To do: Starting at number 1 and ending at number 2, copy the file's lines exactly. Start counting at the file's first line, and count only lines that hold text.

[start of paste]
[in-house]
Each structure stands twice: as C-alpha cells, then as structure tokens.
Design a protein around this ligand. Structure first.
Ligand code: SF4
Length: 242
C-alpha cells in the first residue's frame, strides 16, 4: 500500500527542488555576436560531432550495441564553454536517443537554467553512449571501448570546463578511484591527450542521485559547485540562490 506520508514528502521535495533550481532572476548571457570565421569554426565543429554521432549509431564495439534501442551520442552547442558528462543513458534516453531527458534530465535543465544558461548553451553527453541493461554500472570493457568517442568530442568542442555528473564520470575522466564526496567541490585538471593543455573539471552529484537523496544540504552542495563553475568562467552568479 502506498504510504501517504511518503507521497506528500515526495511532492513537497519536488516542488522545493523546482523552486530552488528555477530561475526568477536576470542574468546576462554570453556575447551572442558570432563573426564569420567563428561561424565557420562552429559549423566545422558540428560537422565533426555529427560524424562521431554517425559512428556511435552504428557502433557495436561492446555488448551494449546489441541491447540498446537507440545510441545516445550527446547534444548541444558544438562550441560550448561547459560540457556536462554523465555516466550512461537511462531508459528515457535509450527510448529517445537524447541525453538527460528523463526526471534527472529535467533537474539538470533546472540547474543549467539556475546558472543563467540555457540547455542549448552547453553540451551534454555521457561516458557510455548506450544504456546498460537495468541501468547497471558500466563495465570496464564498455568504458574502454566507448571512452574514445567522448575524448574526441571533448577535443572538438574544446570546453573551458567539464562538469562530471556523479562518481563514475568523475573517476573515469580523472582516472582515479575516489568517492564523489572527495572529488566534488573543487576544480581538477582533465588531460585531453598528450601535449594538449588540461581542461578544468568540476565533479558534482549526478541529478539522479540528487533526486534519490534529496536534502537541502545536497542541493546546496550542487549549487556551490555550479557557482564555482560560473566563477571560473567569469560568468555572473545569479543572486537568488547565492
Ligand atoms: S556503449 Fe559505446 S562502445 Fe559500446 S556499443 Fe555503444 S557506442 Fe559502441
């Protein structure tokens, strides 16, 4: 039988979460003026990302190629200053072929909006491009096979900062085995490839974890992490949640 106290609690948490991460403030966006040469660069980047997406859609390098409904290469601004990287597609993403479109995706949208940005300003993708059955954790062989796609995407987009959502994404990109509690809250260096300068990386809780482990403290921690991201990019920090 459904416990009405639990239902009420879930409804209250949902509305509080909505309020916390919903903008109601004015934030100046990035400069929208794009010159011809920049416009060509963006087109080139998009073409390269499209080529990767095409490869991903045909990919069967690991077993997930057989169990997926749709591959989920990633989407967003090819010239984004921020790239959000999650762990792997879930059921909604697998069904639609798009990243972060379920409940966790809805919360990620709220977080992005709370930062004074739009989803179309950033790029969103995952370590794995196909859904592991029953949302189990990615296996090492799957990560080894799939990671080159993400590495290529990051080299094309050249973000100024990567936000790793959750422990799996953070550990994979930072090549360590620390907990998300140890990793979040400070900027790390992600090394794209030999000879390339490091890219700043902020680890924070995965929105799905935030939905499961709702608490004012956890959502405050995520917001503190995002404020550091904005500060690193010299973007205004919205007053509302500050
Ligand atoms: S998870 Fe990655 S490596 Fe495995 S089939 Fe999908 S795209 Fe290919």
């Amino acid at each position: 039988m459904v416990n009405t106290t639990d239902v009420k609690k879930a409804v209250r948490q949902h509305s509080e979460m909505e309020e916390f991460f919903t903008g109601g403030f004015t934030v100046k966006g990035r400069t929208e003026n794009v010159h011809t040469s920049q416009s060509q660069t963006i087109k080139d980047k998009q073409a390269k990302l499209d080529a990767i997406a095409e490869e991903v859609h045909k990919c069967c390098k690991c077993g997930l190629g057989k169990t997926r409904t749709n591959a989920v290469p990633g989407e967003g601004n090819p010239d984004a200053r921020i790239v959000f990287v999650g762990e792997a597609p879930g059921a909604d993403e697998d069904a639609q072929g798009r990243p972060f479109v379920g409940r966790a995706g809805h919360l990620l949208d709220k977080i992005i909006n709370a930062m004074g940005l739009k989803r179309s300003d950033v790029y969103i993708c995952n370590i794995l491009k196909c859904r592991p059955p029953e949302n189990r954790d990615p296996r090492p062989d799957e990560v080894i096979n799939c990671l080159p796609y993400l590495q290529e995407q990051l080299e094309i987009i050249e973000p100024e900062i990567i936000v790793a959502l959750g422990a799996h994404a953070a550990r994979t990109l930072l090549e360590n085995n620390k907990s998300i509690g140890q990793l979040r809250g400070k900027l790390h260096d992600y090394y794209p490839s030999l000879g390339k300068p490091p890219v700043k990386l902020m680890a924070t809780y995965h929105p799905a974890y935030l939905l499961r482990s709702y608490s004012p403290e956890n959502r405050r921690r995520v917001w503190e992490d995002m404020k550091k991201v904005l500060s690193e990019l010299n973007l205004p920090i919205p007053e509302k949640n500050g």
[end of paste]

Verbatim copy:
[in-house]
Each structure stands twice: as C-alpha cells, then as structure tokens.